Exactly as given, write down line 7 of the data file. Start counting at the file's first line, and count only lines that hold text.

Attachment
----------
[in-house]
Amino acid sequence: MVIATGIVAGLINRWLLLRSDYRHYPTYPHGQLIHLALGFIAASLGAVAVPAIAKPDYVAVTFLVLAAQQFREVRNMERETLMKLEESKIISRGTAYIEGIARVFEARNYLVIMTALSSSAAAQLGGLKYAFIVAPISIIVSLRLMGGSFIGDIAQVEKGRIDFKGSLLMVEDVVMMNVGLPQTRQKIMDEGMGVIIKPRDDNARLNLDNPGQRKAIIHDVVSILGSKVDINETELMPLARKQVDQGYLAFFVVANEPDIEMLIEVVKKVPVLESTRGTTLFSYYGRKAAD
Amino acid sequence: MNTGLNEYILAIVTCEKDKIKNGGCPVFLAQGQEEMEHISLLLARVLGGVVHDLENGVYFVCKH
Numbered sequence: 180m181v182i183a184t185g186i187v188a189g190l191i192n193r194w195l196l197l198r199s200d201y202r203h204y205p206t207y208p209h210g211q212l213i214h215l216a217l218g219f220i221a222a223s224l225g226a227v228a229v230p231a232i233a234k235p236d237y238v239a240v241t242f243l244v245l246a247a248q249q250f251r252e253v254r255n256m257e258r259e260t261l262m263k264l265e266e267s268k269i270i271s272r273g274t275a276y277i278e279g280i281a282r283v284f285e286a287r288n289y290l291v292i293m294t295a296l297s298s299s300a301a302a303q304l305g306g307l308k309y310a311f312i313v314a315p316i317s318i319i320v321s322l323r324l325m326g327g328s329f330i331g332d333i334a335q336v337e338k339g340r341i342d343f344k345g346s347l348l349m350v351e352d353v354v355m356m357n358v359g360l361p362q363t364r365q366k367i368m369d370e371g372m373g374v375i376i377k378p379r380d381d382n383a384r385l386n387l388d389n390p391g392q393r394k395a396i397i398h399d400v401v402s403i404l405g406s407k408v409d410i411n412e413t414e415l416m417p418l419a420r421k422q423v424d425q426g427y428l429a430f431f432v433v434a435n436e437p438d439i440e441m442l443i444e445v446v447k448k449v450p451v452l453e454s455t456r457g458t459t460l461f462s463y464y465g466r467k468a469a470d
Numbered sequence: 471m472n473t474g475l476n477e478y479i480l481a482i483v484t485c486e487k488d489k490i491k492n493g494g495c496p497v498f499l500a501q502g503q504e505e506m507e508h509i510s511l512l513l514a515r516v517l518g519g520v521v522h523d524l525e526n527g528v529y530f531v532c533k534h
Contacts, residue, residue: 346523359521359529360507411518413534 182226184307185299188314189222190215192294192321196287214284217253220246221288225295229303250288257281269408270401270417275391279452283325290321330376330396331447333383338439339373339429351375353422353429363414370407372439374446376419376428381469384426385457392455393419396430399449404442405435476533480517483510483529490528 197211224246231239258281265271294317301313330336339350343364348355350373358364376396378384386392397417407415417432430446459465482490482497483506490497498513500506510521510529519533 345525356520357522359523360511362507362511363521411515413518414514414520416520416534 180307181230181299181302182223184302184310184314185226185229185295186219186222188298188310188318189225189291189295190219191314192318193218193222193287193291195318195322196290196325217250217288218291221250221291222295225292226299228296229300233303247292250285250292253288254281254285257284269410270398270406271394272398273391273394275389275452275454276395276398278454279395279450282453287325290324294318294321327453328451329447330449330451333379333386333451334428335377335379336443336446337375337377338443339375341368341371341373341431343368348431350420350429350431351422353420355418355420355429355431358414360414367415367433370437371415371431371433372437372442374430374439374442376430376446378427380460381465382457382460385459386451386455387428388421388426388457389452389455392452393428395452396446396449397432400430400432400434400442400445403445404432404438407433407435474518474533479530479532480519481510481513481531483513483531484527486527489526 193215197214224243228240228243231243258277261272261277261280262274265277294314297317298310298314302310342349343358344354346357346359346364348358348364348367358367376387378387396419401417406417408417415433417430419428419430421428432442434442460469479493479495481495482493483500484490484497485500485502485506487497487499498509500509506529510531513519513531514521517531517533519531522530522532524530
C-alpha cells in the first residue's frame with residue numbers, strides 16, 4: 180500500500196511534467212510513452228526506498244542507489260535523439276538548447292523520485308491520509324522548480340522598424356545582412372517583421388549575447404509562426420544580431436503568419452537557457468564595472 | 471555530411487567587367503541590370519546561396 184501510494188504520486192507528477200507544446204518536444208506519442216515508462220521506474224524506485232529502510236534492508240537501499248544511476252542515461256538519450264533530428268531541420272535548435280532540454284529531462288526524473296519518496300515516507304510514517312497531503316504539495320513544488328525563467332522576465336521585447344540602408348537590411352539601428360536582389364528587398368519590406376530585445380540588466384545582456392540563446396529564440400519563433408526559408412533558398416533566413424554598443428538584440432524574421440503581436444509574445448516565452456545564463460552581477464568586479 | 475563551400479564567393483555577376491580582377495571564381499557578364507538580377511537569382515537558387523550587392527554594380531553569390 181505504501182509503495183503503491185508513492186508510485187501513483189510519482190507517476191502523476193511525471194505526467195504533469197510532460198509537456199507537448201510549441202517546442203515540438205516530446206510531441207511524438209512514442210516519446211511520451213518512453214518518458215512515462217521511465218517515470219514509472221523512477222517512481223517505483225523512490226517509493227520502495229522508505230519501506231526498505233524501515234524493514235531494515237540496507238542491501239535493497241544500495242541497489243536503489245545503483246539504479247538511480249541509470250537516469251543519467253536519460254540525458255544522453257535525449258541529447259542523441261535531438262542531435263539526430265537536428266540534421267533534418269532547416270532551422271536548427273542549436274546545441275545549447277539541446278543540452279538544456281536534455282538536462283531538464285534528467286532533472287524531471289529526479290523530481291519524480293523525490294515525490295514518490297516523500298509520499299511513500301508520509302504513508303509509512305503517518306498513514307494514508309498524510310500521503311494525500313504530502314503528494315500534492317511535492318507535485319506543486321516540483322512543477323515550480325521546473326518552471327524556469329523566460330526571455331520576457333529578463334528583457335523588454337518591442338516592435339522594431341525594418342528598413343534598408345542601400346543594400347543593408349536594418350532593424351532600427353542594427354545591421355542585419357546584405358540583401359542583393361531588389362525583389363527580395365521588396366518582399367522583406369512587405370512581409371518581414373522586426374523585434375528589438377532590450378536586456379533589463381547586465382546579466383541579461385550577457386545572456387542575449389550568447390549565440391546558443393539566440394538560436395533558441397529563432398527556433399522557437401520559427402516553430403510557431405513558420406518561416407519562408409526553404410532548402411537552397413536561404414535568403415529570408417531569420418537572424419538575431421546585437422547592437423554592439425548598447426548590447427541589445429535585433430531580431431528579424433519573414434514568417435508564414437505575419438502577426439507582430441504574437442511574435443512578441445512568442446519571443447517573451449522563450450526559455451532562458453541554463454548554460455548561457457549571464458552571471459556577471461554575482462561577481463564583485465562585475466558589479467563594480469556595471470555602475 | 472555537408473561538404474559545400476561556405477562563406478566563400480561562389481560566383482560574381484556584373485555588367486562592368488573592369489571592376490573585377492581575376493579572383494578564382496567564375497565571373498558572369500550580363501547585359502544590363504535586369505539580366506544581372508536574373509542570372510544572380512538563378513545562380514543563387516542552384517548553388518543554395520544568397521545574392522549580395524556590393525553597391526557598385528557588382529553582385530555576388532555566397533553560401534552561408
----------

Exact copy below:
C-alpha cells in the first residue's frame with residue numbers, strides 16, 4: 180500500500196511534467212510513452228526506498244542507489260535523439276538548447292523520485308491520509324522548480340522598424356545582412372517583421388549575447404509562426420544580431436503568419452537557457468564595472 | 471555530411487567587367503541590370519546561396 184501510494188504520486192507528477200507544446204518536444208506519442216515508462220521506474224524506485232529502510236534492508240537501499248544511476252542515461256538519450264533530428268531541420272535548435280532540454284529531462288526524473296519518496300515516507304510514517312497531503316504539495320513544488328525563467332522576465336521585447344540602408348537590411352539601428360536582389364528587398368519590406376530585445380540588466384545582456392540563446396529564440400519563433408526559408412533558398416533566413424554598443428538584440432524574421440503581436444509574445448516565452456545564463460552581477464568586479 | 475563551400479564567393483555577376491580582377495571564381499557578364507538580377511537569382515537558387523550587392527554594380531553569390 181505504501182509503495183503503491185508513492186508510485187501513483189510519482190507517476191502523476193511525471194505526467195504533469197510532460198509537456199507537448201510549441202517546442203515540438205516530446206510531441207511524438209512514442210516519446211511520451213518512453214518518458215512515462217521511465218517515470219514509472221523512477222517512481223517505483225523512490226517509493227520502495229522508505230519501506231526498505233524501515234524493514235531494515237540496507238542491501239535493497241544500495242541497489243536503489245545503483246539504479247538511480249541509470250537516469251543519467253536519460254540525458255544522453257535525449258541529447259542523441261535531438262542531435263539526430265537536428266540534421267533534418269532547416270532551422271536548427273542549436274546545441275545549447277539541446278543540452279538544456281536534455282538536462283531538464285534528467286532533472287524531471289529526479290523530481291519524480293523525490294515525490295514518490297516523500298509520499299511513500301508520509302504513508303509509512305503517518306498513514307494514508309498524510310500521503311494525500313504530502314503528494315500534492317511535492318507535485319506543486321516540483322512543477323515550480325521546473326518552471327524556469329523566460330526571455331520576457333529578463334528583457335523588454337518591442338516592435339522594431341525594418342528598413343534598408345542601400346543594400347543593408349536594418350532593424351532600427353542594427354545591421355542585419357546584405358540583401359542583393361531588389362525583389363527580395365521588396366518582399367522583406369512587405370512581409371518581414373522586426374523585434375528589438377532590450378536586456379533589463381547586465382546579466383541579461385550577457386545572456387542575449389550568447390549565440391546558443393539566440394538560436395533558441397529563432398527556433399522557437401520559427402516553430403510557431405513558420406518561416407519562408409526553404410532548402411537552397413536561404414535568403415529570408417531569420418537572424419538575431421546585437422547592437423554592439425548598447426548590447427541589445429535585433430531580431431528579424433519573414434514568417435508564414437505575419438502577426439507582430441504574437442511574435443512578441445512568442446519571443447517573451449522563450450526559455451532562458453541554463454548554460455548561457457549571464458552571471459556577471461554575482462561577481463564583485465562585475466558589479467563594480469556595471470555602475 | 472555537408473561538404474559545400476561556405477562563406478566563400480561562389481560566383482560574381484556584373485555588367486562592368488573592369489571592376490573585377492581575376493579572383494578564382496567564375497565571373498558572369500550580363501547585359502544590363504535586369505539580366506544581372508536574373509542570372510544572380512538563378513545562380514543563387516542552384517548553388518543554395520544568397521545574392522549580395524556590393525553597391526557598385528557588382529553582385530555576388532555566397533553560401534552561408